## Introduction

There are at least 3 aspects to consider when dealing with contravariance and covariance in Scala when using container types.

``````def example(x: Container[T]): Container[T]
``````
1. What can you feed in
2. What can point to the result
3. What can the function return

It is important to remember:

• `-` means type itself and its subtypes
• `+` means type itself and supertypes

Given the following inheritance hierarchy:

``````sealed trait Animal
class Zebra() extends Animal
class Okapi() extends Zebra
``````

Let’s come up with some examples:

``````trait Foo[-T]
trait Foo2[+T]
``````

Given that we have the above container types, here are some examples of using them:

``````def example(f: Foo[Zebra]): Foo[Zebra] = {
new Foo[Animal] {}
}

val res: Foo[Okapi] = example(new Foo[Animal] {})
``````

So here we are dealing with a contravariant type.

1. Notice we have f in the method argument position. This means that the flip classification applies. We are dealing with a contravariant type parameter which means you can normally feed in subtypes and the type itself. However, the flip classification has affected this f meaning you can now only provide the type itself and supertypes. You can see that example expects a Zebra but we can actually provide its supertype Animal.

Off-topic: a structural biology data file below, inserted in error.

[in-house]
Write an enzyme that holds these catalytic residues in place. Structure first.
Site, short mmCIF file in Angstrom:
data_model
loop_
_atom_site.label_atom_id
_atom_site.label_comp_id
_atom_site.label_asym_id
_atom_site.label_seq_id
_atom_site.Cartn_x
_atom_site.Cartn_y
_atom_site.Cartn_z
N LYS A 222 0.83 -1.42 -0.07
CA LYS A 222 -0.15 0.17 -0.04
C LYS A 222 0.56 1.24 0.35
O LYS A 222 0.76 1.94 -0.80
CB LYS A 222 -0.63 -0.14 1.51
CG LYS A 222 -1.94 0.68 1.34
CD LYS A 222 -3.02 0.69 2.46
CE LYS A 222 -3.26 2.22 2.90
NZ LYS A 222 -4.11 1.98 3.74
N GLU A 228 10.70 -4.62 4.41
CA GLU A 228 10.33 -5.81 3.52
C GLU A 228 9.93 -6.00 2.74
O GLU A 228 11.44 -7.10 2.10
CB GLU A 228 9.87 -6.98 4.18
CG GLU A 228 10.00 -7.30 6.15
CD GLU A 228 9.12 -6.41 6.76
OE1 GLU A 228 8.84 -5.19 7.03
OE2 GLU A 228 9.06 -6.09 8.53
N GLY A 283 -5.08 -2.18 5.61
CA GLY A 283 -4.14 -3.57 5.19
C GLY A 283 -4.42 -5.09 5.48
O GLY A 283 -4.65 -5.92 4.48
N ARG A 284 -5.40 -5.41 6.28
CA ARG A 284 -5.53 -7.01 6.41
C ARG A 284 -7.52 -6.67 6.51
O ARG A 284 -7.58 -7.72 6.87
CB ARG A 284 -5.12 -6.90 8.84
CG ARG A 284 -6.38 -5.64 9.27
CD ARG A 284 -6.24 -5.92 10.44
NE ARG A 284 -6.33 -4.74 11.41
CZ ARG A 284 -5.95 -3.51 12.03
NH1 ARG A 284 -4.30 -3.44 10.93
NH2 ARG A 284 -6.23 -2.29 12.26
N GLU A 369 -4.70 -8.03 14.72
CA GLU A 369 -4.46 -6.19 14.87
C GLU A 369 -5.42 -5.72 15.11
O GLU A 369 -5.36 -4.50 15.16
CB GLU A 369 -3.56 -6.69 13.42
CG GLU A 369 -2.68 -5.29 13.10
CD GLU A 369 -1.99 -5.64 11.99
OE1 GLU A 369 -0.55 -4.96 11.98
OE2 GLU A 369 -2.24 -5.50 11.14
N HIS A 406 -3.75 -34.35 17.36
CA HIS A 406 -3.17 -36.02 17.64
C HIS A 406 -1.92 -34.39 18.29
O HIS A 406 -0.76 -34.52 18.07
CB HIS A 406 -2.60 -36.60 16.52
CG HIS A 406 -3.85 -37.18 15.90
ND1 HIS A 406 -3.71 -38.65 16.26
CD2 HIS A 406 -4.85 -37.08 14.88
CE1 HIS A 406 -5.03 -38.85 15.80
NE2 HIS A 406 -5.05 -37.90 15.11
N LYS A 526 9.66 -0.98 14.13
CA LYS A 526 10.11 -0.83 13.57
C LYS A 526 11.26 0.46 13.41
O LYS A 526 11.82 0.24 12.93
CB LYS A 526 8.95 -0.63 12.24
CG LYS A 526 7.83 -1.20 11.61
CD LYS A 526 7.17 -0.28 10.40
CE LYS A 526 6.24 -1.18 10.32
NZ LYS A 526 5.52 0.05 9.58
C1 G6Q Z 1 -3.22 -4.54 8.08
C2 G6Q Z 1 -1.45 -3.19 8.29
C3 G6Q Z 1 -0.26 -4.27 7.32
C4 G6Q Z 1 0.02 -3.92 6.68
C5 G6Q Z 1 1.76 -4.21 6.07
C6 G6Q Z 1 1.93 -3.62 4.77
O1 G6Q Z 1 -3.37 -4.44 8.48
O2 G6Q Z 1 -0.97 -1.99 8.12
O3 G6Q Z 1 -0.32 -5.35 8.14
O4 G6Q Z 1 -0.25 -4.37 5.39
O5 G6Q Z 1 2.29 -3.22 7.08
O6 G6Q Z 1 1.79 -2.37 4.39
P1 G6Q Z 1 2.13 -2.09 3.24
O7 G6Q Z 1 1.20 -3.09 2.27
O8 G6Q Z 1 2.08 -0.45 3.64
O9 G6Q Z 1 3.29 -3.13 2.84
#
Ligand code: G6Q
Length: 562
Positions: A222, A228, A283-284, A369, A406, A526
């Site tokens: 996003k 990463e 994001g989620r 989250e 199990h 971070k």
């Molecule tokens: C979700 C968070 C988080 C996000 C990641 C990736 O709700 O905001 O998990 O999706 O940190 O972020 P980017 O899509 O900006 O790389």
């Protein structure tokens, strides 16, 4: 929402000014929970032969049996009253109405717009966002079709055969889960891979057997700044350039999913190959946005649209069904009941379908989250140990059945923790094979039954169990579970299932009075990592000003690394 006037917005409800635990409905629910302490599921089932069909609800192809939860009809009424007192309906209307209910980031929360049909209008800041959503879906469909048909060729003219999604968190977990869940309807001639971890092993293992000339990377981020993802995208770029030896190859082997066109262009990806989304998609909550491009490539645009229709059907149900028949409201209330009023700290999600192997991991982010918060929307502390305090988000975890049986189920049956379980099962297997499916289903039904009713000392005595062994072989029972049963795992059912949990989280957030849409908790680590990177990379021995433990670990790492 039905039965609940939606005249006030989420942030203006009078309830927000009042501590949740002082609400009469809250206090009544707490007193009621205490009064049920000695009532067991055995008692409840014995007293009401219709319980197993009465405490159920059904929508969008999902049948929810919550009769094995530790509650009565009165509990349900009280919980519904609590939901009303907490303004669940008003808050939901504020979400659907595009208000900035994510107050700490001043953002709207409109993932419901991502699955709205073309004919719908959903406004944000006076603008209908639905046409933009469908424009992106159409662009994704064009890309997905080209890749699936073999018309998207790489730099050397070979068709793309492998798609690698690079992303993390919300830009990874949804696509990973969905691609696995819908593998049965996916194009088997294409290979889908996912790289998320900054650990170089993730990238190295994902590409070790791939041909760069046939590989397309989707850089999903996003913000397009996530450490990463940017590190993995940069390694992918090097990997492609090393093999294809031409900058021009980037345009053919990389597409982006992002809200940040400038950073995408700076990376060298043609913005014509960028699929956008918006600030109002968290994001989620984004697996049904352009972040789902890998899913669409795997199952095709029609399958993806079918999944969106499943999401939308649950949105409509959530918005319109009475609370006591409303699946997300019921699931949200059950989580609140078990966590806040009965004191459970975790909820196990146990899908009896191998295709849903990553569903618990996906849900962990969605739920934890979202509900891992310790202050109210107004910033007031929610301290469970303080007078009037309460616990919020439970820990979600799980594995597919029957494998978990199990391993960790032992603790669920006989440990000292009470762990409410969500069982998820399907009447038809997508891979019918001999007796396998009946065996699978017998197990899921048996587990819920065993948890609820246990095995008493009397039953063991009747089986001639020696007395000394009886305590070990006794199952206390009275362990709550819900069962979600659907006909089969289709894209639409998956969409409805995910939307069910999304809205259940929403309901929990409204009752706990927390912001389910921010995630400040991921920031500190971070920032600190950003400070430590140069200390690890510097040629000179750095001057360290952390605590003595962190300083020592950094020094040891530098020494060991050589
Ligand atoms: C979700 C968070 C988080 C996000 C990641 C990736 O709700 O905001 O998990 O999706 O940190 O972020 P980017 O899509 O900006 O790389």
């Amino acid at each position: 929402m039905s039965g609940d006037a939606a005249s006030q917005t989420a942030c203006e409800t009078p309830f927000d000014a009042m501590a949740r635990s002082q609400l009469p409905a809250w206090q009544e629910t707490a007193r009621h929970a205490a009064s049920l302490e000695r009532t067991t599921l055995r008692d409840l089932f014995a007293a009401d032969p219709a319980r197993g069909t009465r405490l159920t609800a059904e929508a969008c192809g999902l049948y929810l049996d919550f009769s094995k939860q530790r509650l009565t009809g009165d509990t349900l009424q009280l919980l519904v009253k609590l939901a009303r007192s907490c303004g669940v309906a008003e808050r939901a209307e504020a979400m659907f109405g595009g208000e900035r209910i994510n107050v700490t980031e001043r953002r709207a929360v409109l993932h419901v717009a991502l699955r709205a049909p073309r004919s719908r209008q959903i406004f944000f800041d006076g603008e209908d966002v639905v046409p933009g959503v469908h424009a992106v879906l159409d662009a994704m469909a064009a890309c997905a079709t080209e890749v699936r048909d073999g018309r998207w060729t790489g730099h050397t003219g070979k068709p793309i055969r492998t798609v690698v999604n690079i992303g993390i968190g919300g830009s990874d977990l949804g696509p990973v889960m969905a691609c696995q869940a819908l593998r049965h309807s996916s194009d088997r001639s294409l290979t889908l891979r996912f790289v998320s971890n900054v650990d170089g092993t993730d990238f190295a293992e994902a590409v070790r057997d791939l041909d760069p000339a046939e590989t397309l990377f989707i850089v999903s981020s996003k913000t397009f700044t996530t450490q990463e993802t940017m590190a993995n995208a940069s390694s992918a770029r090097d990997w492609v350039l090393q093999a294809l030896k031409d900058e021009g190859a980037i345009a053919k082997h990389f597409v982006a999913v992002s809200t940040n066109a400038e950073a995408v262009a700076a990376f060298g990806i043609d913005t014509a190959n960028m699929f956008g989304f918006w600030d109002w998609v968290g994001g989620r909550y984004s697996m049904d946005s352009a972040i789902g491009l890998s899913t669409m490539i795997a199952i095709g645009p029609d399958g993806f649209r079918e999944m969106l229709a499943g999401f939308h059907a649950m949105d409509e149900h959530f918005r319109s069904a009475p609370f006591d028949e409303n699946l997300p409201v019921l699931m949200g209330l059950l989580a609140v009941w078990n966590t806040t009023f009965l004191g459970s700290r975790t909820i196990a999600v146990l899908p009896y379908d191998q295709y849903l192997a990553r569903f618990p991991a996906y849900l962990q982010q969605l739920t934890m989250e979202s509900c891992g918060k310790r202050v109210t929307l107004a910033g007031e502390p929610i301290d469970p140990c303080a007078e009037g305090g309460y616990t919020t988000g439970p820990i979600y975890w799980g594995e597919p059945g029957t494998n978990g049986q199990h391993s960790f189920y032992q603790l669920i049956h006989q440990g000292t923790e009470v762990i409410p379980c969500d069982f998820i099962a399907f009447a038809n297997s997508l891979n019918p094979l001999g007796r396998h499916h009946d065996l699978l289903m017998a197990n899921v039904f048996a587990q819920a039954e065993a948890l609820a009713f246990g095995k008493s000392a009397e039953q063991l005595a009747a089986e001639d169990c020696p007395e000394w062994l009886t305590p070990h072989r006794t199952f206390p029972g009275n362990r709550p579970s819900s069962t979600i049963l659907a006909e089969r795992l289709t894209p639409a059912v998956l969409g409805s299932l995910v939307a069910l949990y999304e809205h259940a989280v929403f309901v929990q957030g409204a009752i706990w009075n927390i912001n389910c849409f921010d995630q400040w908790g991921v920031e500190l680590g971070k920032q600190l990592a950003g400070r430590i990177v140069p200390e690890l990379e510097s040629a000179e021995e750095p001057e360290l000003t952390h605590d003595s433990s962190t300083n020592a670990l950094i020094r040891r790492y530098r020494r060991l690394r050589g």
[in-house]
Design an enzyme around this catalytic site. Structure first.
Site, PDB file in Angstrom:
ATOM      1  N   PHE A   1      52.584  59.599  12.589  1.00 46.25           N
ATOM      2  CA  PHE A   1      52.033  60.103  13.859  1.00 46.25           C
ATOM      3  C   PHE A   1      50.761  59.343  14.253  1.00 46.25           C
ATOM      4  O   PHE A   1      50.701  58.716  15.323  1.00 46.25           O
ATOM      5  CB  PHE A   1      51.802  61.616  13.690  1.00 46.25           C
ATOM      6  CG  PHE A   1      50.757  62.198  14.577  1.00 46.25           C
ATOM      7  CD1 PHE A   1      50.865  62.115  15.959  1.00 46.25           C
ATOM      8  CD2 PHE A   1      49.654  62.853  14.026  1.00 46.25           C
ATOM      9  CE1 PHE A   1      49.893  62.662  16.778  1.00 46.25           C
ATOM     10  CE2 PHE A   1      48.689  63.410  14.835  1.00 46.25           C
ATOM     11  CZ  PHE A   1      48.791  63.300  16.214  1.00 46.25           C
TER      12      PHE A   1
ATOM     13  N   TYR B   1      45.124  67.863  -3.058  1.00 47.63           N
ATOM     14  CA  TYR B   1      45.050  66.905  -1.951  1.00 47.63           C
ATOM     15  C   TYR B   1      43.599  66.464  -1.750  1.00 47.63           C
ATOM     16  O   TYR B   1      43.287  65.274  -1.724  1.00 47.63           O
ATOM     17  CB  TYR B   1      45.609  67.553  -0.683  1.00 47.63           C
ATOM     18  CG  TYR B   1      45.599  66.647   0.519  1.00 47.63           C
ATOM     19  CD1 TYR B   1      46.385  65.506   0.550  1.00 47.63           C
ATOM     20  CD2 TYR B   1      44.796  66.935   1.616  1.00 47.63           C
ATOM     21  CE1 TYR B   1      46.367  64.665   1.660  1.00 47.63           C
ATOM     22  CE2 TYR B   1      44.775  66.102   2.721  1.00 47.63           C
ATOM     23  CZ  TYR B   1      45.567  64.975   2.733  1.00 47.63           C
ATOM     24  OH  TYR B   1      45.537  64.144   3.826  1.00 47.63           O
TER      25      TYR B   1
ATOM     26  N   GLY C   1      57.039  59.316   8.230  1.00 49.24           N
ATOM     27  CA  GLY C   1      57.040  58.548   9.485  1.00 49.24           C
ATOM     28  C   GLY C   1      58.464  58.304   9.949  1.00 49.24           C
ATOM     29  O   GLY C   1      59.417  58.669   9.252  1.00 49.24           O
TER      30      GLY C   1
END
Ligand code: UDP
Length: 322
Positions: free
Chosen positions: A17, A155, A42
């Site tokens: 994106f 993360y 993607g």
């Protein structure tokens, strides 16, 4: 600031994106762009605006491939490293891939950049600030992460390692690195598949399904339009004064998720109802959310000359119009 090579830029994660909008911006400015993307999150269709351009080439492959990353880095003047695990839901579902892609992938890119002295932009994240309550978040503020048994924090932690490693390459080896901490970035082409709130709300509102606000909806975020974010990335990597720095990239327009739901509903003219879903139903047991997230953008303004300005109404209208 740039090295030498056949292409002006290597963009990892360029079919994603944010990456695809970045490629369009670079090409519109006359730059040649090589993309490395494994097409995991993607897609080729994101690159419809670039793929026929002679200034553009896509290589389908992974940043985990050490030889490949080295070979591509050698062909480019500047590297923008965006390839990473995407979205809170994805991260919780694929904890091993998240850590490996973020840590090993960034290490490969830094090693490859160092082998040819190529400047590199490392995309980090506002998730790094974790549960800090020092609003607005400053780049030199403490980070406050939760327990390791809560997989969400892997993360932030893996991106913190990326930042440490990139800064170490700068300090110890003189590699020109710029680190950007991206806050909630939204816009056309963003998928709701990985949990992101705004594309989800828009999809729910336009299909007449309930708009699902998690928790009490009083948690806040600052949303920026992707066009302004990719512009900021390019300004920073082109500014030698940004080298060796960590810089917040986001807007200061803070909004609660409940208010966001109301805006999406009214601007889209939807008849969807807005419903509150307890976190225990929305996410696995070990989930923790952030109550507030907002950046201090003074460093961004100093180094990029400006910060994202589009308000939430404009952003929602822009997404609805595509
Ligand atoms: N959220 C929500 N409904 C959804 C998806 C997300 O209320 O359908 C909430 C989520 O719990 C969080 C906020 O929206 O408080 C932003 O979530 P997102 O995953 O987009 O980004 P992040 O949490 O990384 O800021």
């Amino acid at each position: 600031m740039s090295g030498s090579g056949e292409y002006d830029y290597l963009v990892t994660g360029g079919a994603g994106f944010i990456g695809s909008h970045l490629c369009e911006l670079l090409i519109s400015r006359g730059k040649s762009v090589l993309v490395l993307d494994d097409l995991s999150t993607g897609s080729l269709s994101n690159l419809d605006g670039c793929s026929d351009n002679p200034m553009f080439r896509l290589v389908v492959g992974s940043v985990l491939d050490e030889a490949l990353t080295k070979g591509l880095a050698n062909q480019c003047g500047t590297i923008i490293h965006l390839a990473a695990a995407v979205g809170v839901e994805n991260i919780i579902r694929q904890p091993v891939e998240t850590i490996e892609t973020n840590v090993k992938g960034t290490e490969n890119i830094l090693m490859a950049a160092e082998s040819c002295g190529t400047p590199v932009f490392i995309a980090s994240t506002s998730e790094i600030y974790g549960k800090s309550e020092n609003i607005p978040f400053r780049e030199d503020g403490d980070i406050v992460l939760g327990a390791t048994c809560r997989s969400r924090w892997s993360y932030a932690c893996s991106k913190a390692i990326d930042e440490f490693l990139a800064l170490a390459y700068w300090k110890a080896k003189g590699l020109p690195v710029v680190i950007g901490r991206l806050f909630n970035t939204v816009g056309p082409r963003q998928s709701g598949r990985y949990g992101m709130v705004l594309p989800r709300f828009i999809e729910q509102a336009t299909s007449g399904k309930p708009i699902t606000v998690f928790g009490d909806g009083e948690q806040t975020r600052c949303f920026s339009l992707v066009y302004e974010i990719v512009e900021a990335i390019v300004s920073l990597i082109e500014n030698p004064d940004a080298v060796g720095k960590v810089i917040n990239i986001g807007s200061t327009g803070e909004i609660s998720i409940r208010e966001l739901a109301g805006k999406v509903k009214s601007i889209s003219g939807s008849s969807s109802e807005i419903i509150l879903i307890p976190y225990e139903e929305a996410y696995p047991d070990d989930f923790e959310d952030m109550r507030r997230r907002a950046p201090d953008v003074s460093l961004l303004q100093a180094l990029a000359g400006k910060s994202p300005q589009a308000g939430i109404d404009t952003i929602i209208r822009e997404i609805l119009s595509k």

2. In terms of what can point to the function result, when Foo[Zebra] is in the result position, no flip classification occurs and T remains contravariant meaning only the type itself and more specific types can refer to this so a Foo[Okapi] can point to the result that is a Foo[Zebra]

3. Notice the function body returns a Foo[Animal] as it appears that the flip classification applies to this point as well. If you try to return a subtype of Foo[Zebra] it will fail (returning a Foo[Zebra] is fine however).

Let’s look at the covariant case Foo2 now:

``````def example2(f: Foo2[Zebra]): Foo2[Zebra] = {
println(f)
new Foo2[Okapi] {}
}

val res2: Foo2[Animal] = example2(new Foo2[Okapi] {})
``````
1. The flip classification applies to f. We are dealing with a covariant type parameter which means you can normally fill in the type itself and supertypes. However, the flip classification has affected this and as a result you can now only use the type itself and subtypes. So here we expect a Foo2[Zebra] but we can provide a subtype of Zebra so we can put in Foo2[Okapi].

2. In terms of what can point to the function result, when Foo2[Zebra] is in the result position, no flip classification occurs and T remains covariant meaning you can provide the type itself and supertypes. So an Animal which is a supertype of Zebra can point to this result so we can point a Foo2[Animal] to this result of Foo2[Zebra[

3. The function can return Zebra or subtypes of Zebra (Okapi) as it appears that the flip classification applies to this point as well (covariant means you can use the type itself and supertypes but the flip classification changes this to be the type itself and subtypes). If you try and return a supertype of Zebra, it will complain but returning a subtype is fine.

## References

See Covariance and contravariance in Scala for more information about the flip classification